With the U.S. facing Houston and South Florida catastrophic level disasters, and an earthquake in Mexico, why doesn’t your portfolio appear to be impacted by all of this news?
In short, it is being affected, but not because of how you may think.
The U.S. dollar, for example, is now at a 33-month low against a basket of currencies, putting the euro dollar ratio back to a $1.20. This could very well be a reflection of the potential losses in economic growth from these disasters. $250 billion of damages in South Florida and $150 billion in Houston, according to a Credit Suisse analyst^1, may be the contributing factor.
The S&P 500 is down .65% over the last 4 weeks. If perceived in other currencies, it would be much higher.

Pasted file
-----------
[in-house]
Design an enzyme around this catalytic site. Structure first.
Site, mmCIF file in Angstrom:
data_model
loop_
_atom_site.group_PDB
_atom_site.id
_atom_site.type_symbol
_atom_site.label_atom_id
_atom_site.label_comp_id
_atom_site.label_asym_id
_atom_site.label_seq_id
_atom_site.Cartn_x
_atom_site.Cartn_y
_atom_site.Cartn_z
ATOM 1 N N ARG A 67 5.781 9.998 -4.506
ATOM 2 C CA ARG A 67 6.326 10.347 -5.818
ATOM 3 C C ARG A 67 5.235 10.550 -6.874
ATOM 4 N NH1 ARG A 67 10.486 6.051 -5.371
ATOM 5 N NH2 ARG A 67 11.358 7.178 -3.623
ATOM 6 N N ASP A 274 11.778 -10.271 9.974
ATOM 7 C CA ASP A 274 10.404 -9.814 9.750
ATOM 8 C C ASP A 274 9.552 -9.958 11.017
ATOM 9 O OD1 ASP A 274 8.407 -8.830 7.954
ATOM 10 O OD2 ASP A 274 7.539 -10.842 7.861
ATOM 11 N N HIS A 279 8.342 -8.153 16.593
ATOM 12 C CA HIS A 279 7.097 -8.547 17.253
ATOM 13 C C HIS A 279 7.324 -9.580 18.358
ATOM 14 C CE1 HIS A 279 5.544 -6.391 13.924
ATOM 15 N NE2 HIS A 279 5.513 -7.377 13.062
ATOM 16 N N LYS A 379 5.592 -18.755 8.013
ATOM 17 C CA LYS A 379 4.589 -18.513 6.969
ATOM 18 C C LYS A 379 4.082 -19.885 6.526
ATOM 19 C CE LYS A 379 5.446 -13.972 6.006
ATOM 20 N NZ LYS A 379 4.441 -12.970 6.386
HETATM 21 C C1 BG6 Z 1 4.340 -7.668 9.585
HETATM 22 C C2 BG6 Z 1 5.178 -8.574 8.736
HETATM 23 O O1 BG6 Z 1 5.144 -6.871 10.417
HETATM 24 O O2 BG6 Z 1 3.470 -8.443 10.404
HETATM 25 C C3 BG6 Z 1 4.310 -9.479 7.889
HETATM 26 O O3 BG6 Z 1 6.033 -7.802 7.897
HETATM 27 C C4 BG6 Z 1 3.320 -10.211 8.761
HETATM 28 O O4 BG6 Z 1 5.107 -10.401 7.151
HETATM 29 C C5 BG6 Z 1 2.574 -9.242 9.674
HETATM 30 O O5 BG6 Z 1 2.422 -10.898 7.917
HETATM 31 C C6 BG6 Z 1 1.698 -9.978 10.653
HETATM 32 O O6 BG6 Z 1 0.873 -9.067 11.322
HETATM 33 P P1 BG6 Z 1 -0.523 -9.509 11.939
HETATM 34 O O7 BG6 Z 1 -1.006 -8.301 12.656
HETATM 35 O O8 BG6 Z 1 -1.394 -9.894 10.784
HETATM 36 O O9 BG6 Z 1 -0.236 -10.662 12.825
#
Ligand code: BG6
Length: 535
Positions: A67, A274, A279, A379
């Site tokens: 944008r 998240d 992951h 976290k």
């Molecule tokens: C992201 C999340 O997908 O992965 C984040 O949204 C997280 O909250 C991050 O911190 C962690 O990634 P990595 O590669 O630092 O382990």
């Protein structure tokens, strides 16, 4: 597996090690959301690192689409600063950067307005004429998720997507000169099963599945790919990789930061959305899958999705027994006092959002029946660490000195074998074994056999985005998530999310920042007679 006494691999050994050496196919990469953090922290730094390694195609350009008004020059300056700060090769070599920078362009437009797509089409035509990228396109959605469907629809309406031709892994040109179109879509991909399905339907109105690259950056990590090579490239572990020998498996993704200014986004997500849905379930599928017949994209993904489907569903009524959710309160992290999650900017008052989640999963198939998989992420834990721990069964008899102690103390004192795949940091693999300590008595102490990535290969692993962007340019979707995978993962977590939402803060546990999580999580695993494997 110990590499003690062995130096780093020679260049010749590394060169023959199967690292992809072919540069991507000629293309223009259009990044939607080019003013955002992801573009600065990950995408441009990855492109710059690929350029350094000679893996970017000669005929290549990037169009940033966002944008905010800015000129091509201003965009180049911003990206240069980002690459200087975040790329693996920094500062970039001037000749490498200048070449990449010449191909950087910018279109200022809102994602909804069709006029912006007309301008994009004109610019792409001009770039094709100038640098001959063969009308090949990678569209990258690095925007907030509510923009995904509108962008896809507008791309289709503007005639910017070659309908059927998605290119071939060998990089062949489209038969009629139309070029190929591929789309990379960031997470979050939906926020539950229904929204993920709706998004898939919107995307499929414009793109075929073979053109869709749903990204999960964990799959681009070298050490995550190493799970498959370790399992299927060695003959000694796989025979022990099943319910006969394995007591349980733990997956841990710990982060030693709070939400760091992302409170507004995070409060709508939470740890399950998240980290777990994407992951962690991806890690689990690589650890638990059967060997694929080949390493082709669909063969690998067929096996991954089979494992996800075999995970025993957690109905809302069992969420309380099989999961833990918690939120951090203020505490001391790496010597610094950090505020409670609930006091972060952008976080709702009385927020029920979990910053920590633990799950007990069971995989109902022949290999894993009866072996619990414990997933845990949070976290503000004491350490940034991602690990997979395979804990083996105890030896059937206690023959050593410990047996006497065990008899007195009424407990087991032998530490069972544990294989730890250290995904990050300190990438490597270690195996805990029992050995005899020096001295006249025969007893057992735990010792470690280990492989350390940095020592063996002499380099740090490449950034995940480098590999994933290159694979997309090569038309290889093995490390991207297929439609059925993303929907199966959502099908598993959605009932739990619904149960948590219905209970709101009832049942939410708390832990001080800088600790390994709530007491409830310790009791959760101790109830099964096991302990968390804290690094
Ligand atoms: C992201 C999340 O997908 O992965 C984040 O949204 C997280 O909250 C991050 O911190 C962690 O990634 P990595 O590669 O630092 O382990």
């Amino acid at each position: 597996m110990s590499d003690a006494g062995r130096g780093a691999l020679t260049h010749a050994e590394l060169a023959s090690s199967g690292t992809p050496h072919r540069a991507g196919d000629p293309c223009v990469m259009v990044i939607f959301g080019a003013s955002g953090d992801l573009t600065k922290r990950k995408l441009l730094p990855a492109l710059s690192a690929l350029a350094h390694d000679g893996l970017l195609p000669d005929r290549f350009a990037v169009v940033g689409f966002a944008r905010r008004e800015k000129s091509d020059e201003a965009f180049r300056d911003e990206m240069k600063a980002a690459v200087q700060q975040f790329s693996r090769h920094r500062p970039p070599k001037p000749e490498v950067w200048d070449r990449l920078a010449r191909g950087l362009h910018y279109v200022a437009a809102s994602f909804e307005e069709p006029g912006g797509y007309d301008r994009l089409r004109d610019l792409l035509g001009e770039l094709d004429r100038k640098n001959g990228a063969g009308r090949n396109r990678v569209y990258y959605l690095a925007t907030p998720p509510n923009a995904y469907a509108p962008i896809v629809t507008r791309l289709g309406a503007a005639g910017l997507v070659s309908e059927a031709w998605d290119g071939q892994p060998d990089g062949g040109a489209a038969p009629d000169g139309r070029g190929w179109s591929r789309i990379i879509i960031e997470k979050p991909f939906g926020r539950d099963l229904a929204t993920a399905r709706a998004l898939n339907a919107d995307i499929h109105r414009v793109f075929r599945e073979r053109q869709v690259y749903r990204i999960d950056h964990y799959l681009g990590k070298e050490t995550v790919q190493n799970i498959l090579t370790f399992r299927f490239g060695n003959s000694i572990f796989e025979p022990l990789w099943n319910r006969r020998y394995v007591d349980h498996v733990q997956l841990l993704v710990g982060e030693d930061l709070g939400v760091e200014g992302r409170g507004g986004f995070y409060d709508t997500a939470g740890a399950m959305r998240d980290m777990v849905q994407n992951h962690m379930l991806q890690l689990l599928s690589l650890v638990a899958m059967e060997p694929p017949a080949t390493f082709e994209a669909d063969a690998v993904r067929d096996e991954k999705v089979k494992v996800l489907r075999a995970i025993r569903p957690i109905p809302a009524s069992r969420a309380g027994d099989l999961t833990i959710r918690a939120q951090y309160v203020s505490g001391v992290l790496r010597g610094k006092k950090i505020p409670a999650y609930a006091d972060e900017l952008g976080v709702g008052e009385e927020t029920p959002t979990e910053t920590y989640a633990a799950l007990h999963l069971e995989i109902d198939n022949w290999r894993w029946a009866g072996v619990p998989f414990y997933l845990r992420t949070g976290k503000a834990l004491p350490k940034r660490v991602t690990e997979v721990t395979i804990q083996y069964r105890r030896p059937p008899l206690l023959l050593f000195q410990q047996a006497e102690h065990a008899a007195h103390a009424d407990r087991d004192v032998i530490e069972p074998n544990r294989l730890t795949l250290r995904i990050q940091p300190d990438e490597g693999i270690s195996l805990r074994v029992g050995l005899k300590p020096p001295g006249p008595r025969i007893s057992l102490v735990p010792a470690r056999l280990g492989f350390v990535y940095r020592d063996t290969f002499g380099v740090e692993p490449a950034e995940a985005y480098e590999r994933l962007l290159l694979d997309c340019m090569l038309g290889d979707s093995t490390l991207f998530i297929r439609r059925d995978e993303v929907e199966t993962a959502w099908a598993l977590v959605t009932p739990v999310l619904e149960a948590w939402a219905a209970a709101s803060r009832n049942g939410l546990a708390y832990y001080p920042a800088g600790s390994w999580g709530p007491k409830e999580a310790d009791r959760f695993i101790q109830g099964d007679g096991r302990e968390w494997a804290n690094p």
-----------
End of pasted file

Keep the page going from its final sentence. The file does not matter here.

The resiliency of the U.S. stock market may have less to do with the natural disasters and more to do with monetary policies currently in formation.
President Trump has negotiated to keep the government open and authorized a $15 billion dollar relief package, further delaying tax reform and addressing U.S. debt. He also has the unique opportunity to install 5 new fed governors into the central bank system, potentially influencing monetary policy for decades to come. The latter issue may be what the market is waiting for.
Nevertheless, a drop in the dollar should be a cause for concern as an investor. It may be time to overweight international stocks to insulate yourself from a declining dollar
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^1 Financial Times: Florida faces battle...